I have seen them several times in my apartment and I ended up in hospital and was treated with strong steroid cream and antihistamine to nurse the wounds which are similar to water blisters or burns. In my situation it was a bit like severe sunburn and it was very painful. The rash still hasn’t cleared up completely and its been several weeks. If I see them I immediately take a shower.

  7. Charlie Bambrook says:

    Oh my goodNess I am in Koh Phangan Thailand and I also was stung? Or rubbed on or whatever and it’s crazy. It really feels like a lighter was held to my temple and it’s clearly burned. This occurred a few days ago and is not getting any better does anyone know what besides steroid cram I can use?

    • Antuan says:

      I also live on Koh Phangan and had an opportunity to meet this bugs.. I just did my best not to touch the burns and in a week it disappeared by itself. Some people said the teatree oil can be a good remedy to apply to the burn. I hadn’t tried it myself..

  8. Chris says:

    I’m also in koh phangan and have it after brushing up against a leaf. Do ppl feel sick from this also (like just generally feeling low energy and mild cold symptoms) or is it just me?

  9. Chris says:

    I live in an apartment in Bangkok and I am saw some of these bugs about. Not knowing how dangerous they are I squashed some with my finger. 36 hours later the right side of my face was itching and blotches appeared on my face, neck, inner thighs and scrotum! my eye swelled up too. Immediately went to the hospital and was seen by a skin specialist. He knew straightaway what the cause was and gave me a course of steroid cream (Fucicort) and some oral antihistamine pills.He informed me that perhaps I would see a few more blotches appear on my body and he was right. 24 hours later some of the blotches have turned dark brown and the skin is flaky. Hopefully in a week or so I’ll be back to normal.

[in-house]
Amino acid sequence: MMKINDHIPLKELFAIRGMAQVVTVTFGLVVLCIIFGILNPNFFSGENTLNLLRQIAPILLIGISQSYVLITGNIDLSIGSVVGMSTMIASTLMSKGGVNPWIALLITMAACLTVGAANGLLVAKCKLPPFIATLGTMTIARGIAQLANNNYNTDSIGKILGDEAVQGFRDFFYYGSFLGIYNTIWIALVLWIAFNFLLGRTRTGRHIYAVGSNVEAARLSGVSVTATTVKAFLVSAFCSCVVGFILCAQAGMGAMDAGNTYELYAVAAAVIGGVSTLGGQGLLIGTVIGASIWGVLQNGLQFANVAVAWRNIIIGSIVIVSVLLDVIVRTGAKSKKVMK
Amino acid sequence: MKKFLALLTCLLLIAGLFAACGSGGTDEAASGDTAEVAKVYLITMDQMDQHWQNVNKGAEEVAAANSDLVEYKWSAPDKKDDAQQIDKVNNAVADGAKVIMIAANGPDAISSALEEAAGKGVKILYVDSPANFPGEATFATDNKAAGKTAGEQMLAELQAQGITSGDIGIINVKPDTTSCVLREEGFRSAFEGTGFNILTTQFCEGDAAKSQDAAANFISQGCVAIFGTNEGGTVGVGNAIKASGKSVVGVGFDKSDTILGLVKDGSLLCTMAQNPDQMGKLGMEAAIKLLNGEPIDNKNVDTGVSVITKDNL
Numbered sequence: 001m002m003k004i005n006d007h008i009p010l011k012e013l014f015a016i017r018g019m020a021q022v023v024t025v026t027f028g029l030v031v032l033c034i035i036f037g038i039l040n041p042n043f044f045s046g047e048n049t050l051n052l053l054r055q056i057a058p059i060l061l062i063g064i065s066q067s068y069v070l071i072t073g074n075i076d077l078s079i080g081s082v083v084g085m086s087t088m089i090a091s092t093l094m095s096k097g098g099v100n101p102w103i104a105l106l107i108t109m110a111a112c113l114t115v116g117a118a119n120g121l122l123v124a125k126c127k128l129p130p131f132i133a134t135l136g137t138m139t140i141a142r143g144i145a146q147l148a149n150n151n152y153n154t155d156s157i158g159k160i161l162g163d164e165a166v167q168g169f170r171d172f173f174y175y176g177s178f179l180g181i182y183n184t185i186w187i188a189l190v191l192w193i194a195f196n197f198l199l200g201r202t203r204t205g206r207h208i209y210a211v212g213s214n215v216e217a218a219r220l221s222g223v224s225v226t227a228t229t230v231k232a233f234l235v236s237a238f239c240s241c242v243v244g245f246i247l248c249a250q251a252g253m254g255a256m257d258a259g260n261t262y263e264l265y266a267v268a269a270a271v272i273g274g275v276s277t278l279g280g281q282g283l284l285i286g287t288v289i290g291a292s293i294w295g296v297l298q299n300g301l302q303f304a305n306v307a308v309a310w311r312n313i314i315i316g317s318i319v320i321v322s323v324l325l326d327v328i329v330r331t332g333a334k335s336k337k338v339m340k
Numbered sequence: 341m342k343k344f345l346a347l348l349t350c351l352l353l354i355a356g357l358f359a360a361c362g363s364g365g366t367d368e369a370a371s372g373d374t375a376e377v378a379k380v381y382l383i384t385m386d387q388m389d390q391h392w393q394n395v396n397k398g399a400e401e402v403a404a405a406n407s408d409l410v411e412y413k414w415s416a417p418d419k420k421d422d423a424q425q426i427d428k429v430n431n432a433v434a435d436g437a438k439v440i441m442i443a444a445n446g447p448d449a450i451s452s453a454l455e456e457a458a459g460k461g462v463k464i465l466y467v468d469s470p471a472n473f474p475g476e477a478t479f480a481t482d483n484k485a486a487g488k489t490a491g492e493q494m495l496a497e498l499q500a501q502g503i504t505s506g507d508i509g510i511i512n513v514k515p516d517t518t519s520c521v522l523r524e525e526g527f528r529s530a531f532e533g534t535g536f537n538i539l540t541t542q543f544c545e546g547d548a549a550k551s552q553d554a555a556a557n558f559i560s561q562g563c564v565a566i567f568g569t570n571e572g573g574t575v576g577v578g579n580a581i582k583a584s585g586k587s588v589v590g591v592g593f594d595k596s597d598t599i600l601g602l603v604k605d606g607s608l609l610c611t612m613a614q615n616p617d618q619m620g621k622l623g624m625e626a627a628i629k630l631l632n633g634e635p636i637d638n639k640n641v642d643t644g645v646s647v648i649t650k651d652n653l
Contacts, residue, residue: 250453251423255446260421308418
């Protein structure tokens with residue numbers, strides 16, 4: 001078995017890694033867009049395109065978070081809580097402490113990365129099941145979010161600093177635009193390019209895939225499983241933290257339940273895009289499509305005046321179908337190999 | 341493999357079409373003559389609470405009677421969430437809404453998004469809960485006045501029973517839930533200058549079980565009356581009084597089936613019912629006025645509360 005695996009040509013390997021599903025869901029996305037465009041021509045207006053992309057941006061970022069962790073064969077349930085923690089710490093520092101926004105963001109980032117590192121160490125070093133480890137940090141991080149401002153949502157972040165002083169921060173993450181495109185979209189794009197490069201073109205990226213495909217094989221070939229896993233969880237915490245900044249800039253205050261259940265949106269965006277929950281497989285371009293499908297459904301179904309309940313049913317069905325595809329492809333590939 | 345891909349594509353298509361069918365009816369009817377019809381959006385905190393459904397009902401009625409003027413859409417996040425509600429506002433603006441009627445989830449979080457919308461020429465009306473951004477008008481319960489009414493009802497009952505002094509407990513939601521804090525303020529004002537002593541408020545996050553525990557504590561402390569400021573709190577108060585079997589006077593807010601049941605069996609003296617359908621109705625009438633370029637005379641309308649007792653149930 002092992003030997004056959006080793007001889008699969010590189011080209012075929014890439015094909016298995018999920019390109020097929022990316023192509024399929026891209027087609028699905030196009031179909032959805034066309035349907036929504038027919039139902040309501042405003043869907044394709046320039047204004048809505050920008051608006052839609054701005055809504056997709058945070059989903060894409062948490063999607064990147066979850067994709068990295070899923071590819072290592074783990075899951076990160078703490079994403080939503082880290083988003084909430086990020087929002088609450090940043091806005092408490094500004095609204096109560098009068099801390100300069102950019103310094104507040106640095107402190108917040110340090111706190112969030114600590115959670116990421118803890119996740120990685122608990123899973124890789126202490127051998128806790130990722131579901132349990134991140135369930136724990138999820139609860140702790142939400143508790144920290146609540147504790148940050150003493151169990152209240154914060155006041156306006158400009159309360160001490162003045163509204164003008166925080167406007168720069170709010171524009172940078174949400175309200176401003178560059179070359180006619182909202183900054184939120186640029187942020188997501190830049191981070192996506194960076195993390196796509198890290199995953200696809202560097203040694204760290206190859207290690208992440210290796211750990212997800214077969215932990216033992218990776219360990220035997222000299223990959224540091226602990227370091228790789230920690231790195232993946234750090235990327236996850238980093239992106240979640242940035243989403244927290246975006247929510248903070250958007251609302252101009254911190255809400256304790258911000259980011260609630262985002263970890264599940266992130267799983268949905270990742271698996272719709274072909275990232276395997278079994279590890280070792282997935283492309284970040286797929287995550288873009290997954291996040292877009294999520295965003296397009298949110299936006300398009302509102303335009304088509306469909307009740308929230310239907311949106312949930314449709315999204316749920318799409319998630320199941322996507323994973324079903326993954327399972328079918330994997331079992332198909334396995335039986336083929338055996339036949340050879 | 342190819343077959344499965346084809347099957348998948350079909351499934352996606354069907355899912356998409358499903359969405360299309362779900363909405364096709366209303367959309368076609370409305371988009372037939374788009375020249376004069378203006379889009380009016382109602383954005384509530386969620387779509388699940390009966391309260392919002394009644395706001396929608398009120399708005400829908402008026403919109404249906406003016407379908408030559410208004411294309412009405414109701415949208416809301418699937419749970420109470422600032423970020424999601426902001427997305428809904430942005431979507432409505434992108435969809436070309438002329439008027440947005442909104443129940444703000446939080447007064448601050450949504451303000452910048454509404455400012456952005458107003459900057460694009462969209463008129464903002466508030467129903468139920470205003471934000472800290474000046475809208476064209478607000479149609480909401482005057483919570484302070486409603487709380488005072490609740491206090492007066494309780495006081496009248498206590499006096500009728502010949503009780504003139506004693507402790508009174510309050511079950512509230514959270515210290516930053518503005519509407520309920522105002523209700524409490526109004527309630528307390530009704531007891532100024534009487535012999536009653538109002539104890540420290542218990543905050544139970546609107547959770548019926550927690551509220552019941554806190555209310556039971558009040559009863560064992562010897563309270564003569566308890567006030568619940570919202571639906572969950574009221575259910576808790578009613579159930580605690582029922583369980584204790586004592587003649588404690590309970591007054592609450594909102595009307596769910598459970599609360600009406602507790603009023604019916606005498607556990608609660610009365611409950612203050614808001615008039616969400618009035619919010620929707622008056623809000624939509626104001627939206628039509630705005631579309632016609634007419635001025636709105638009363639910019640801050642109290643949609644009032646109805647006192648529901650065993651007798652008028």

10. I have been on the Thai island of Koh Samet for almost a month, and a week ago this beetle “got me” while asleep. I woke up with a big red rash from my armpit outward & 24 hrs later the dark brown flakey center appeared, painful; and he next day the rash began to spread. That’s when I went to the island clinic. The doc immediately knew the source. I was given antibiotics and special liquid soap & creme for this bug bite. Also urged to avoid the pool and the ocean for a while. He said it could take 3-4 weeks to heal, but 8 days later it was gone — I followed his instructions to a T. I’ve been coming to Thailand since my back-packing days in 1982, and this is my FIRST experience with such a toxic little bug! Great to know about the light attraction and window screens being ineffective, as I had no idea, searching my bed uselessly each night….so thx! Andrea

  11. Neil says:

    I live on the 30th floor of a condo building in Bangkok. In September 2016 I got the typical skin condition caused by this beetle. A barely noticeable red rash got worse over a few days until it looked like a large septic sore. The doctor gave me steroid and antibiotic cream and the sore got better over a week or so. Strangely there was no pain. The doctor said the insect that caused it live in waste land or gardens and can fly up to the 30th floor.

    Then yesterday (April 2018) I left the balcony doors open for an hour or so in the late afternoon because it was quite cool outside. In the evening I saw this bug crawling on my dining table. I killed it without touching it and flushed it down the toilet. It was quite hard to kill. My Juristic Office has contacted pest control. There is a garden outside the front of my building but I’m not sure whether pest control will be able to do anything.

Leave a Reply

Your email address will not be published. Required fields are marked *